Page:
oppn parties Omar Abdullah And His Pipe Dreams

News Snippets

  • University vice-chancellors in West Bengal decide not to hold final-year examinations despite UGC prod, will instead go by the state government advised 80-20 formula where 80% will be marked on performance in past semesters and 20% on internal assessments in the final semester
  • The Centre wants the ITI and other top Indian firms to bid for 5G as Chinese firms Huawei and ZTE are not likely to be allowed to participate
  • India and China agree on total disengagement to return to peace ahead of the next round of military talks
  • The Supreme Court allows delivery of summons and notices via WhatsApp and email, but questions remain on proof of actual receipt
  • National Investigation Agency says the proceeds from the Kerala gold smuggling case could have been used for terrorist activities
  • Four Maoists shot dead in Valmiki Tiger Reserve in Bihar
  • Despite localized lockdown, Covid cases continue to rise at an alarming rate in West Bengal. Newer areas brought under containment zones in Kolkata
  • ICSE, ISC results declared, Average scores in the English paper, 20% lower this year than the average in most years, pulls down the aggregate for most candidates
  • IIP contracts by 35% in May. Manufacturing goes down by 39.3%
  • Row erupts over CBSE's decision to reduce the syllabus by 30% this academic year due to the disruption caused by the pandemic. Experts say several lessons that the ruling dispensation does not like are being removed
  • Gangster Vikas Dubey's nephew killed in an encounter by UP police who also pick up his key aide Raju Khullar and his son Adarsh
  • MHA sets up an inter-ministerial committee to probe the alleged financial misdeeds of three trusts linked to the Gandhi family
  • Actor Jagdeep, most famous for his Soorma Bhopali act in Sholay, passes away
  • Pakistan says Kulbhushan Jadhav has declined to file a review petition and will stick to his mercy plea. India calls it a farce
  • India to keep a strict vigil to confirm that the Chinese are abiding by the deal on the pullback at the LAC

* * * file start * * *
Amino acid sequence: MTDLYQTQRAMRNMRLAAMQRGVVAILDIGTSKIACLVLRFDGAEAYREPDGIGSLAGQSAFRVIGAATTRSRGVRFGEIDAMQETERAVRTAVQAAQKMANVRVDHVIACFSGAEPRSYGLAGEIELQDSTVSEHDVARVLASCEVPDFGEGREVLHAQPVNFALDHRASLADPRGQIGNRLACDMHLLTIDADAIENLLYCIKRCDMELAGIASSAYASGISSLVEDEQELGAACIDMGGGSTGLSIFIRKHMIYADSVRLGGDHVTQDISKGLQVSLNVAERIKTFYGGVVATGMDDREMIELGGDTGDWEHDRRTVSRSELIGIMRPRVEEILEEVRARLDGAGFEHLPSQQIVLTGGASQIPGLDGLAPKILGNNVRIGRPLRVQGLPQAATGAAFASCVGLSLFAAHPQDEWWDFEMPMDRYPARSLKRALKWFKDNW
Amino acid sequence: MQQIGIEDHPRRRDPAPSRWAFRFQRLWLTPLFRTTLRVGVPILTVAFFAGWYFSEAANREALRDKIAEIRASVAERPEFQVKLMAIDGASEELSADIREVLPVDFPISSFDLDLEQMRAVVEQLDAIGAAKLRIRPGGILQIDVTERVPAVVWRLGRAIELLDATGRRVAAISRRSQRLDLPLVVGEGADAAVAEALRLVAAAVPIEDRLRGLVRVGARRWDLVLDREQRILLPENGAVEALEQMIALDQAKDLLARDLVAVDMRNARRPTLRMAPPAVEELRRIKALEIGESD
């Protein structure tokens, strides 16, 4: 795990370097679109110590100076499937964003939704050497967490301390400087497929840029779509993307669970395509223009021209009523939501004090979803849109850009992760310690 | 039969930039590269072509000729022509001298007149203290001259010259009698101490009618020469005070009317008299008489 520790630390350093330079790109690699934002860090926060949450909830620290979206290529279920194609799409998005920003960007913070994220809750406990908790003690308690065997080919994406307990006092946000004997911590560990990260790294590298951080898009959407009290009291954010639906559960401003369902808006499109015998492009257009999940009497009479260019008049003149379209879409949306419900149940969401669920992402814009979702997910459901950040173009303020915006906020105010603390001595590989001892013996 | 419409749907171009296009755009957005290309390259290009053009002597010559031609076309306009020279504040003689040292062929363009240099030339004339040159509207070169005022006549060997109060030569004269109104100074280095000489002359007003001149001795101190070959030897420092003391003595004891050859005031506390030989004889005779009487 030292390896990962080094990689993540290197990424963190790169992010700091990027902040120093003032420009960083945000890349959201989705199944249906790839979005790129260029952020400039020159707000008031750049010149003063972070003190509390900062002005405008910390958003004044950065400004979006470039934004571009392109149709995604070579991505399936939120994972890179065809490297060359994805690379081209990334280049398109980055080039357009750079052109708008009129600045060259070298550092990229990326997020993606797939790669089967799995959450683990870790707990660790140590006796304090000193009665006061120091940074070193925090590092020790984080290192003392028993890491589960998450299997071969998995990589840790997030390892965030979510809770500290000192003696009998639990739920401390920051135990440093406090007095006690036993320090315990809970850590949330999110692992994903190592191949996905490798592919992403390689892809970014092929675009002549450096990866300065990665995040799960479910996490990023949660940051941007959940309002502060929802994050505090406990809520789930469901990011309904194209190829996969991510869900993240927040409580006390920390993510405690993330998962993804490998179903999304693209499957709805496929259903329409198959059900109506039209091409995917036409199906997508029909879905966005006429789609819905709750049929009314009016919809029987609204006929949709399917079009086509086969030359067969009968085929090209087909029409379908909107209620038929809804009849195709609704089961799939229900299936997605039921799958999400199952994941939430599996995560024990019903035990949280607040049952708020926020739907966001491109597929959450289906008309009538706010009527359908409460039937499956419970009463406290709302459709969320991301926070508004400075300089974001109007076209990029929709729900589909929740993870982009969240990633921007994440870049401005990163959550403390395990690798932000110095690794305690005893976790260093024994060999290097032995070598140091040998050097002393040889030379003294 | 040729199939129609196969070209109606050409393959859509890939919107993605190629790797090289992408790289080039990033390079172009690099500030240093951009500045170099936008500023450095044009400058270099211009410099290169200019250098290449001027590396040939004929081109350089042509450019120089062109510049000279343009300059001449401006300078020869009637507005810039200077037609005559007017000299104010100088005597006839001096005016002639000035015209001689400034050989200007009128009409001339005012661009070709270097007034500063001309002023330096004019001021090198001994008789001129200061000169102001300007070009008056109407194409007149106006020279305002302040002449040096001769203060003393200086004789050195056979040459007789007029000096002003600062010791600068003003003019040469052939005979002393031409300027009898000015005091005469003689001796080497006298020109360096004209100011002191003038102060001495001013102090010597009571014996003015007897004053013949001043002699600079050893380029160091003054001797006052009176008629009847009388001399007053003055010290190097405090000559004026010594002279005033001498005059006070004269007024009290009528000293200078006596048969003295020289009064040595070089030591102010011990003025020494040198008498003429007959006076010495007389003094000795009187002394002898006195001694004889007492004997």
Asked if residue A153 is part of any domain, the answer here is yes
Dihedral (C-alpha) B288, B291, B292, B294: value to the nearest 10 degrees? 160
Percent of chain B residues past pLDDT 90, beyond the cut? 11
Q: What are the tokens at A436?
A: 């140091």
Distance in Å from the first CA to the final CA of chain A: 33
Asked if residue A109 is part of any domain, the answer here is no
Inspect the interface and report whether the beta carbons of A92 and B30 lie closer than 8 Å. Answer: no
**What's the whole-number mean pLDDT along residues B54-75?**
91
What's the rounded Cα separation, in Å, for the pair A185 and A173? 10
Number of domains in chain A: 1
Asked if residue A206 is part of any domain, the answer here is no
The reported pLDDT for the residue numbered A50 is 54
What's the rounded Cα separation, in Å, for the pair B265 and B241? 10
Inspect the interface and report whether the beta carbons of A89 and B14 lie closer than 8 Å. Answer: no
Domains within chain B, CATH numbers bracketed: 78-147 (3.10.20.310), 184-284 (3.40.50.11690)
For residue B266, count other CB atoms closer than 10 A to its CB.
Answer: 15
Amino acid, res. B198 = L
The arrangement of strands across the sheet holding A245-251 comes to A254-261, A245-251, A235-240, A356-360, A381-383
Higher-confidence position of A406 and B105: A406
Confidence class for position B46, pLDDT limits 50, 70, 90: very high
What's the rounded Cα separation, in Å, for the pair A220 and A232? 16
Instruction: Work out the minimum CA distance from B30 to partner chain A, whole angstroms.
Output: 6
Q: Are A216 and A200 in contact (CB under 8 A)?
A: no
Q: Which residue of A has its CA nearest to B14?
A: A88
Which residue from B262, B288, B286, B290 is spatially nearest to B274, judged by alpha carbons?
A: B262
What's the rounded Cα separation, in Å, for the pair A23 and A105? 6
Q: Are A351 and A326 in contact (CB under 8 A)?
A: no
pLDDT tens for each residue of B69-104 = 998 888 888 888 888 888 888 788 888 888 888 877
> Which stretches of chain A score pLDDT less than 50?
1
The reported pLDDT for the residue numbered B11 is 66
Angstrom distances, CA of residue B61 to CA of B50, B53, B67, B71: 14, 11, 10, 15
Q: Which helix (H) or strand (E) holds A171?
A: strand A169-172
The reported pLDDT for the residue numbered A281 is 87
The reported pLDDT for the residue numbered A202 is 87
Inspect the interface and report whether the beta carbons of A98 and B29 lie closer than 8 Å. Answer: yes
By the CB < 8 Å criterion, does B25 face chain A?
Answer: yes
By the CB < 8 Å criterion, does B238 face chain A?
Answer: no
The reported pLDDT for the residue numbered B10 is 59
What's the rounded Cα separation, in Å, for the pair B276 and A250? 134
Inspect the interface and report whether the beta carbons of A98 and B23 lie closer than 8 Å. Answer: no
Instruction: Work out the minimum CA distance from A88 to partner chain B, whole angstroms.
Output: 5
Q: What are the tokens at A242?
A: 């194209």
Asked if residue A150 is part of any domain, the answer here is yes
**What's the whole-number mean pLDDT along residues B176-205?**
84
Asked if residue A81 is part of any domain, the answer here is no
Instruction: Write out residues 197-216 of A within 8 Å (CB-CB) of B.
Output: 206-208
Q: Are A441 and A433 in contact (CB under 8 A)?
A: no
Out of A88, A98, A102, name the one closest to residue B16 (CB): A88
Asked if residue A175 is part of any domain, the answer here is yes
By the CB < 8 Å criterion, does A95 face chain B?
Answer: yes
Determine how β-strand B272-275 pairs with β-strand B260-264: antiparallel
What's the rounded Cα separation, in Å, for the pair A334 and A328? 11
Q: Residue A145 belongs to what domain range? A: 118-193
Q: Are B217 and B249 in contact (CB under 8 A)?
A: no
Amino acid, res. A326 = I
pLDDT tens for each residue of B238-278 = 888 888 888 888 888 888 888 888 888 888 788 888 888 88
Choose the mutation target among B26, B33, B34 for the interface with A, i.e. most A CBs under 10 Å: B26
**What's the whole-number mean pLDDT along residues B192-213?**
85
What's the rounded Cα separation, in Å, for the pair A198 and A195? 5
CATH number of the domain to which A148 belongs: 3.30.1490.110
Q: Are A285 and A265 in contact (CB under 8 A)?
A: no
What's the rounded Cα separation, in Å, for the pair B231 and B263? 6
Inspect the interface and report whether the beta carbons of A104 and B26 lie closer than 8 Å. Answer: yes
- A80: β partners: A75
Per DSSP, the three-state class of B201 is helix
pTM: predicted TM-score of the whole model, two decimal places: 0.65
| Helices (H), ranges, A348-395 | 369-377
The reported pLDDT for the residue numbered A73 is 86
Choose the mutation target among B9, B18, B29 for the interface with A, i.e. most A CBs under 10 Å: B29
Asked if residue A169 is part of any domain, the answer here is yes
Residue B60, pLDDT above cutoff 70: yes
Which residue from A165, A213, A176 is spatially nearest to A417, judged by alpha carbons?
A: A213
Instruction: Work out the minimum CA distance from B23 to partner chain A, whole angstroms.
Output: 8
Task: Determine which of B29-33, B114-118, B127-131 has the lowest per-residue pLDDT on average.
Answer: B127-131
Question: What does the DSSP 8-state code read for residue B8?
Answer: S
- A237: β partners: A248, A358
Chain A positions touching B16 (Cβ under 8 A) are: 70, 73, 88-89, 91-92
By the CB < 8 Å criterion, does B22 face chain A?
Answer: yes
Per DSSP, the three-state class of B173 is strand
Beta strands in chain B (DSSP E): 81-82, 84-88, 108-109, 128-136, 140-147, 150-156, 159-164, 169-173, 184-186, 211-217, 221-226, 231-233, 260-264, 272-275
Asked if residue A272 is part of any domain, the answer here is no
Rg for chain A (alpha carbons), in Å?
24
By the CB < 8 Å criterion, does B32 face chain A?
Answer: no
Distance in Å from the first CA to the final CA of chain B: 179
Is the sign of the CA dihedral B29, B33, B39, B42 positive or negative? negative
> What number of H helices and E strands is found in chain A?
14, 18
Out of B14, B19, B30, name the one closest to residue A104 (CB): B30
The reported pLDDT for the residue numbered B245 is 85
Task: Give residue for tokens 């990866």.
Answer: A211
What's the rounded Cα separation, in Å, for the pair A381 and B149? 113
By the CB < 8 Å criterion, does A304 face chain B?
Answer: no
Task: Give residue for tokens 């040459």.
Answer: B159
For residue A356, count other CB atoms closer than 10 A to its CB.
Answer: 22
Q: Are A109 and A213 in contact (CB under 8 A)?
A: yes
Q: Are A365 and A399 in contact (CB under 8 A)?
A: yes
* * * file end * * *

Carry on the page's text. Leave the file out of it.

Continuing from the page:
The plot thickens in Rajasthan. Sachin Pilot removed as deputy chief minister and PCC chief. His loyalists dropped as ministers.
oppn parties
Omar Abdullah And His Pipe Dreams

By Sunil Garodia
First publised on 2019-04-02 10:29:11

About the Author

Sunil Garodia Editor-in-Chief of indiacommentary.com. Current Affairs analyst and political commentator. Writes for a number of publications.
Omar Abdullah has stirred a controversy by saying that Kashmir had acceded to India “with conditions” and “not for free” and that he would think of reviving the custom of a separate prime minister and president for the state. This comes soon after Mehbooba Mufti’s warning that India’s ties with J&K will be over if Article 370 is scrapped. In order to be one up on each other, both these leaders from Kashmir are trying to outdo each other in making inflammatory statements in this election season.

No agreement or condition is so sacrosanct that it cannot be debated upon, renegotiated or even scrapped after several decades. Conditions that existed in the period 1947-1950 were not the same that exist today. The agreement that was reached then was based on the viewpoints of Maharaja Hari Singh and the then representatives of the Indian government under the Indian Independence Act, 1947 against the backdrop of an illegal attack on the state by Pashtuns from Waziristan, backed by Pakistan. Today represents new thinking, changed security environment and changed viewpoints.

Politics in the Kashmir valley is largely restricted to local parties trying to maintain their hegemony by perpetuating the special status granted to the state. But 70 years have passed and it is time now to revisit the terms of the accession and debate whether it has been good, both for the state and for India. It is not as if Article 370 or Article 35A is being scrapped summarily. But there should also not be any objection to a wide-ranging debate on the issue. Things change over time, but political parties in Kashmir are not willing to accept this. This attitude has to change.

Further, if Abdullah thinks he can have a separate prime minister and president for the state in the strictest sense, he is living in a fool’s paradise. Even the terms of accession have no such mention. It is just the nomenclature that is different for posts that essentially carry out the duties of a chief minister and a governor. If Abdullah is more comfortable with the Urdu version, he can still call the chief minister Wazir-e-Azam and the governor Sadr-e-Riyaasat. The problem with granting special status to anyone or anything is that over time, self-styled guardians try to widen the meaning of the term and try to appropriate more than is legally due to them. Hence, it is necessary to hold a debate and put things in the correct perspective.